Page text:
Despite numerous studies concerning the effect of phacoemulsification on the function of the filtering bleb there is still no real consensus. In 2002, Friedman et al. conducted an extensive review of the literature and concluded that the data was inconclusive as to whether cataract extraction negatively affects pre-existing blebs [2]. Chen et al., however, found that patients under the age of 50 who had a preoperative IOP above 10mmHg, intraoperative iris manipulation, an early postoperative IOP over 25mmHg, and cataract surgery less than six months after trabeculectomy were all at risk of reduced bleb function after cataract extraction [3].

Several other studies have demonstrated that postponing cataract surgery by more than six months reduces the risk of bleb failure. This period permits the bleb to stabilise and allows low-grade subclinical inflammation to resolve. A newly formed bleb in its infancy may be unable to withstand the stress of phacoemulsification [4,5]. A subconjunctival injection of 5-FU at the time of surgery has been advocated as a bleb protection measure.

I was taught that we had to wait three months after cataract surgery before undertaking a YAG laser capsulotomy, but I was never particularly clear as to why. I presumed it was because there was a risk of the IOL displacing because it was not held firmly in the capsular bag but now, I find that unlikely. I also think it makes sense to avoid a gap in the capsule while the blood-aqueous barrier is still broken down as there may be a risk of cystoid macular oedema, but I could find no real evidence base for this assertion. Like me, the majority wait for at least three months, whereas 13% only wait a month and I presume they do not run into difficulties.

On to the next question I thought there would be clear consensus but am again surprised by the variance seen. There was a large spread of opinions as to how long a biometry was valid for with an even spread of opinions stating one, two and three years with 23% saying that it is valid for more than five years. I do not know what the answer is, but this response makes me question my opinion on a case I opined on some time ago where there was an allegation that using a biometry more than five-years-old was a breach of duty. Clearly, we have a reasonable body of medical opinion supporting this view.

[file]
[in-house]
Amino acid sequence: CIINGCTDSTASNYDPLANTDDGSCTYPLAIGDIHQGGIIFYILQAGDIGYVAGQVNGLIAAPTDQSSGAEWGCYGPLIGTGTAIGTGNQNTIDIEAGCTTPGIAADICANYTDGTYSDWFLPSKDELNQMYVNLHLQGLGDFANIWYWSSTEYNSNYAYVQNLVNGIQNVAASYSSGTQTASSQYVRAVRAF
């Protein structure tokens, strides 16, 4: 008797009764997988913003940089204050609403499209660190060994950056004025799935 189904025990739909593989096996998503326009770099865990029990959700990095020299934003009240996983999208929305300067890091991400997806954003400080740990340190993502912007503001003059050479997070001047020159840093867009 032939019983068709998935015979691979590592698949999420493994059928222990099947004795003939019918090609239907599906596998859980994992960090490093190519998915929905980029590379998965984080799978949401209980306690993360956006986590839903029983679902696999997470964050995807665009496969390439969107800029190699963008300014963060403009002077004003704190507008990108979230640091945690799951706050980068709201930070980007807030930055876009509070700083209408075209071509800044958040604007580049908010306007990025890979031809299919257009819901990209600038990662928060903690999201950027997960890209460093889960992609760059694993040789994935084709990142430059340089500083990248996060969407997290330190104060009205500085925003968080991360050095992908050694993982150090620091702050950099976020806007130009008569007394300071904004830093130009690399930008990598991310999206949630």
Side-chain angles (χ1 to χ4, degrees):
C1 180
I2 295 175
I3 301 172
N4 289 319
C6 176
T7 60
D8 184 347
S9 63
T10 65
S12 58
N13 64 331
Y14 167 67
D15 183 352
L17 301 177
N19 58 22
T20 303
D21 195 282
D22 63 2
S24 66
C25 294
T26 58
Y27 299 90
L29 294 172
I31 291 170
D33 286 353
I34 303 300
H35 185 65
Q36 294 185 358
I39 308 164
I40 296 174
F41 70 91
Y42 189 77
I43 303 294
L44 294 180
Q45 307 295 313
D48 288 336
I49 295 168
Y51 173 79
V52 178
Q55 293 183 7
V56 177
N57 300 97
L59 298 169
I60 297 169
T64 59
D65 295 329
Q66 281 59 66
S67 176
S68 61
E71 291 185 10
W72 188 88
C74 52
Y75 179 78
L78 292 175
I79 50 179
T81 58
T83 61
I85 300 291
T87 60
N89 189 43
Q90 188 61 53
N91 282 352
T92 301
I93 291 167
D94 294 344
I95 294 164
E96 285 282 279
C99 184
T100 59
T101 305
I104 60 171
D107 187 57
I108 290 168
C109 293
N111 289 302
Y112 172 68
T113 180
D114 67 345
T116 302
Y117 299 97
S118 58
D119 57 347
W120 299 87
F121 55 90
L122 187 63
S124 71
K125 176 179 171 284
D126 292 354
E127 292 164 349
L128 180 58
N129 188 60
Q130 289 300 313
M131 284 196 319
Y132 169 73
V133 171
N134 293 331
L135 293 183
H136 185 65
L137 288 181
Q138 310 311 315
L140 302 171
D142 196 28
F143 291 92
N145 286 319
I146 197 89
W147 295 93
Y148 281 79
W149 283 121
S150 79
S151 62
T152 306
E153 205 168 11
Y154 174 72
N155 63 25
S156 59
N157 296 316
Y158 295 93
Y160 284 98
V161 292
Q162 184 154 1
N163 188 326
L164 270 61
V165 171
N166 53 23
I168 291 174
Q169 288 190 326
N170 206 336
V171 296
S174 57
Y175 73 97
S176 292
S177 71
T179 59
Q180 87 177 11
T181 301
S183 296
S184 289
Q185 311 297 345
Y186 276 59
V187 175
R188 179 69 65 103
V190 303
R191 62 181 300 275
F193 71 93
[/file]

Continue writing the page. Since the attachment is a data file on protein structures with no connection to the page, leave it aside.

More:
The last question was regarding screening for patients on hydroxychloroquine. More than two thirds of us are doing it while almost half do not have access to wide-field fundus autofluorescence (FAF). There is also almost a 50:50 split between screening in specialist versus general clinics. I presume the patients seen in the specialist clinics are the ones that have the FAF while the ones in the general clinic do not. I think this highlights the problem with guidelines and guidance as, logistically, sometimes equipment is not widely available, and it is unreasonable to criticise for not adhering to guidance when it is impossible to do so.



1. Sirwardena D, Kotecha A, Minassian D, et al. Anterior chamber flare after trabeculectomy and after phacoemulsification. Br J Ophthalmol 2000;84:1056-7.
2. Friedman DS, Jampel HD, Lubomski LH, et al. Surgical strategies for coexisting glaucoma and cataract: an evidence-based update. Ophthalmology 2002;109:1902‑13.
3. Chen PP, Weaver YK, Budenz DL, et al. Trabeculectomy function after cataract extraction. Ophthalmology 1998;105:1928-35.
4. Manoj B, Chako D, Khan MY. Effect of extracapsular cataract extraction and phacoemulsification performed after trabeculectomy on intraocular pressure. J Cataract Refract Surg 2000;26:75-8.
5. Awai-Kasoaka N, Inoue T, Takihara Y, et al. Impact of phacoemulsification on failure of trabeculectomy with mitomycin–C. J Cataract Refract Surg 2012;38:419-24.




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Amar Alwitry

FRCOphth MMedLaw, Leicestershire and Nottingham, UK.